It’s been years in the making but the EU General Data Protection Regulation (GDPR) has finally been agreed. It’s a term you’ll see regularly in the run up to May 2018 when the regulation comes into effect.
But how much do you actually know about the GDPR?
We’ve put together some of the key facts to help you prepare for the most important change in data privacy regulation in 20 years.
The Road to GDPR
The regulation began with a proposal from the European Commission in January of 2012 but prior to that discussions, papers, directives and treaties paved the way.
So, while the road to regulation has been long, with little over a year until GDPR comes into force it’s full speed ahead to make sure we’re ready.
What is the GDPR?
The GDPR is a single set of rules that is intended to strengthen and unify data protection for individuals within the European Union. Currently, the handling of personal data in the UK is subject to the Data Protection Act 1998 (DPA); however, this was implemented before the expansion of the internet. There are more ways to exploit data now and the GDPR aims to address these.
The GDPR has also introduced stricter penalties for organisations who suffer breaches. Fines have increased dramatically from a £500,000 maximum fine under the DPA to an upper limit of €20 million or 4% of global annual turnover (whichever is higher) under the GDPR. Few companies could absorb this scale of penalties so the risk of non-compliance is clear.
Hold on, this is an EU regulation. Why should we bother about the GDPR now that Brexit is imminent?
The UK government supervisory authority – currently the Information Commissioners’ Office (ICO) – has insisted that GDPR will be implemented despite the UK exiting the European Union.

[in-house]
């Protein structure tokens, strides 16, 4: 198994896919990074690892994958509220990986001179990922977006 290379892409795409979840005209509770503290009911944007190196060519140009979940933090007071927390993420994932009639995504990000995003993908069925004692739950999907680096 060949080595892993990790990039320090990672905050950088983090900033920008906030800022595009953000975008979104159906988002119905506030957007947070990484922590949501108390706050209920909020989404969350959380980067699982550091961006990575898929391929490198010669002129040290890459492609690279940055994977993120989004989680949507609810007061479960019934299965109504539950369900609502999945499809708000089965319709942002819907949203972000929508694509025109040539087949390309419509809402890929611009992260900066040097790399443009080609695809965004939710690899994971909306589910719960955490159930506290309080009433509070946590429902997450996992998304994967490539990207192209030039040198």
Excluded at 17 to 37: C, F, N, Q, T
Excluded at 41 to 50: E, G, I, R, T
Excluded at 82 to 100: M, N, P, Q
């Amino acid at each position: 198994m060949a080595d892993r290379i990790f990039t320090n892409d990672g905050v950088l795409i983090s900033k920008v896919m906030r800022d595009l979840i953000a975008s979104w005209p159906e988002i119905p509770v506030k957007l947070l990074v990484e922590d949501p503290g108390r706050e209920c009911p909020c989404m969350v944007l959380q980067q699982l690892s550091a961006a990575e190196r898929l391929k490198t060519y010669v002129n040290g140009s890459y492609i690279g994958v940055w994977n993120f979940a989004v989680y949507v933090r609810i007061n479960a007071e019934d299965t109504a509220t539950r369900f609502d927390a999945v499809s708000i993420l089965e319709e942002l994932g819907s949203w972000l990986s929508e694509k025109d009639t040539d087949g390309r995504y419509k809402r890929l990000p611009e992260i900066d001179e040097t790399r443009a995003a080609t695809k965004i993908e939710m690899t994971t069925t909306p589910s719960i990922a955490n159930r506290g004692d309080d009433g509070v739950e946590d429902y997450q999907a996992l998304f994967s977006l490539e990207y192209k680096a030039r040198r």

GDPR compliance is mandatory for any company dealing with personal data from the EU regardless of where that company trades from, so if the UK wants to do business in the EU we’ve got to comply.
What are the key GDPR requirements?
The key GDPR requirement is to protect the Personally Identifiable Info (PII) of EU subjects. This includes;
- Right to be forgotten
- Privacy of child data
- Right to opt in vs. opt out by data subjects
- Prompt, impartial dispute resolution
- Privacy by design
- Hefty penalties for data breaches
- Establishment of evidence-based security control systems
- Data transparency – easy access to personal data
- Explicit consent from data subject before data is processed
- Easy portability of data at request of data subject
- Establishing lawful grounds for data capture and processing
- Establishing Local Supervisory Authority at state level
- Establishing role of Data Protection Officer at company level or group level
- Data Controller and Data Processor liable for data breaches
- Mandatory data breach disclosure time
When we are expected to be compliant?
The regulation comes into effect on the 25th May 2018. It’s a narrow timescale but there is still time to become compliant.
Starting with discovery/scoping activities and a gap assessment you can identify the areas where you fail to comply with the regulations. Then it’s time to take action with a remediation plan.
We can help you become compliant
If you don’t have the time or manpower to take action, if you’re unsure of what you need to do or you simply want someone to take control and prepare you for the GDPR, we have the expertise to get you ready. Contact us to discuss how we can help you become compliant.